My truly horrible confession is that I don’t care all that much about Science Fiction that sets out to explore the limits of gender identity. It’s a theme that just doesn’t interest me. Now, this wouldn’t mean much to most, but in a field which has hailed works like The Left Hand of Darkness and pioneered feminism before it was hip, well, it’s a bit like claiming to be a heretic. Broadly speaking, I have a really hard time getting excited about anything that makes in on the Tiptree Award ballot. (“An annual literary prize for science fiction or fantasy that expands or explores our understanding of gender.” says www.tiptree.org)

Which makes my reaction to Commitment Hour even more surprising.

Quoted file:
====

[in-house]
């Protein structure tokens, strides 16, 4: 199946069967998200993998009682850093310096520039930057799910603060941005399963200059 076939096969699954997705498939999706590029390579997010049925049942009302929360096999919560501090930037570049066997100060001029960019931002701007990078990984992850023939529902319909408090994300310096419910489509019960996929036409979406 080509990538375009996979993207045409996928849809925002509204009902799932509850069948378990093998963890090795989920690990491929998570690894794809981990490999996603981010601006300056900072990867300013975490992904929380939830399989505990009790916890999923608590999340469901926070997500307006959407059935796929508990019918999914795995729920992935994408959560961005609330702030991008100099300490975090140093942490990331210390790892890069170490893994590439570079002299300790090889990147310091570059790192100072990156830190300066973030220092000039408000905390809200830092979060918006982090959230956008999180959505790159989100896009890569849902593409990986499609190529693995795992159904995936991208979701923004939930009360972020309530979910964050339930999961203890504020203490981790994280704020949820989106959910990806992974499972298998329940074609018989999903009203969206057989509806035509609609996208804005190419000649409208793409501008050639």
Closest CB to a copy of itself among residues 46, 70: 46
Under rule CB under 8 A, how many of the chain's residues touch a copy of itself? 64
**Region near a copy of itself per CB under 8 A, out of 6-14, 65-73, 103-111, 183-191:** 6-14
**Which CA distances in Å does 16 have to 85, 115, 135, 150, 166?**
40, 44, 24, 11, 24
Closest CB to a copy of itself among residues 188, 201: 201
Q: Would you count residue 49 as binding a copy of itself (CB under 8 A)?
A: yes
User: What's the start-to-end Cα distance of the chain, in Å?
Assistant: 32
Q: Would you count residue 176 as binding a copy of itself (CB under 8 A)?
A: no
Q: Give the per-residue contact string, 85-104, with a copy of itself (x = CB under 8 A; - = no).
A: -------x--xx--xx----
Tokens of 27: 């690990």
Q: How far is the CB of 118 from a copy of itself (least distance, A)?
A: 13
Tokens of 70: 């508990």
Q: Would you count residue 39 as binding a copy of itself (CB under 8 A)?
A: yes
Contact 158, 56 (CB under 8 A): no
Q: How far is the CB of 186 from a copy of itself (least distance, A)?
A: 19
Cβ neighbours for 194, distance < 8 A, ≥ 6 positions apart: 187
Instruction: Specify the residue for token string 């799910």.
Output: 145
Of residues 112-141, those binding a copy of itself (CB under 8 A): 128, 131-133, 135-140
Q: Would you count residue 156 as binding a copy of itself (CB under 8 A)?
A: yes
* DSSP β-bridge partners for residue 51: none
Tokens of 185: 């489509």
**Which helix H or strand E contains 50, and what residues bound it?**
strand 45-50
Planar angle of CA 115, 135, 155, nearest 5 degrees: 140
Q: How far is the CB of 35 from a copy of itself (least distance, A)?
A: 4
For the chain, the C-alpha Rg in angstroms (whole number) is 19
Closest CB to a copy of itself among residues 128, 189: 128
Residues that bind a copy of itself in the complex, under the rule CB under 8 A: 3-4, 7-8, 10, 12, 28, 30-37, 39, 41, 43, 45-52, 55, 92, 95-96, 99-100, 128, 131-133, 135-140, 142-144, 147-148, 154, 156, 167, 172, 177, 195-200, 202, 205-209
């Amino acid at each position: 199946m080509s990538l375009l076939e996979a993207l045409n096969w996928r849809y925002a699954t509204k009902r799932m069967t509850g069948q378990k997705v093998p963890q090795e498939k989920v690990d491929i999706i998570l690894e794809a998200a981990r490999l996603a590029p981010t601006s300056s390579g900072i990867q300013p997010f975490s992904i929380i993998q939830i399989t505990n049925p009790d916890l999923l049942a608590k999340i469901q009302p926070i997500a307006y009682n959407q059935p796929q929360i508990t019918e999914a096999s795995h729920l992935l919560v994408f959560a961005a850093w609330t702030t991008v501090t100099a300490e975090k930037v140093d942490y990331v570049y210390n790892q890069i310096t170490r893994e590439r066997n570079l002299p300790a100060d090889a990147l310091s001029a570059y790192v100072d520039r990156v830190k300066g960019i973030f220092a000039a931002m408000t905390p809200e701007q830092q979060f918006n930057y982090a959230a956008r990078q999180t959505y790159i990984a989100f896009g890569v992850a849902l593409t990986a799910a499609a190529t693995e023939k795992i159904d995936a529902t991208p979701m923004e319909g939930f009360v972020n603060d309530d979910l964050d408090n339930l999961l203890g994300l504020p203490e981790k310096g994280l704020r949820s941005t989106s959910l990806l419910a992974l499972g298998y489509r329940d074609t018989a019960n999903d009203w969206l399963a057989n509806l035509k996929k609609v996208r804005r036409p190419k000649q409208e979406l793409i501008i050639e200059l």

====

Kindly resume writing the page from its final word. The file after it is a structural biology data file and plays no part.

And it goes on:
Shortly stated, Commitment Hour is the story of a small village in a distant future in which the young ones switch, year after year, from one gender to another. After their twentieth year, they get to choose what gender they’ll remain for the rest of their lives.

Normally, I would simply shrug at the premise and grit my teeth at having to read hundreds of pages on the subject. But the wonder of Commitment Hour is how it quickly and efficiently draws its reader in the lives of protagonist Fullin and the rest of his/her village. Before long, their calm routine is disrupted by the arrival of an outside observer and his neuter companion, an especially troubling event given the village’s widespread hatred of neuters.

As the story unfolds, so do the layers of meaning and purpose behind the village’s unusual society. While the story may start in a cheerfully retrograde pastoral fantasy setting (another one of my pet peeves), Gardner slows strips away the false simplicity of Fullin’s life until we’re left with brushed steel and active nanotechnology. Good stuff.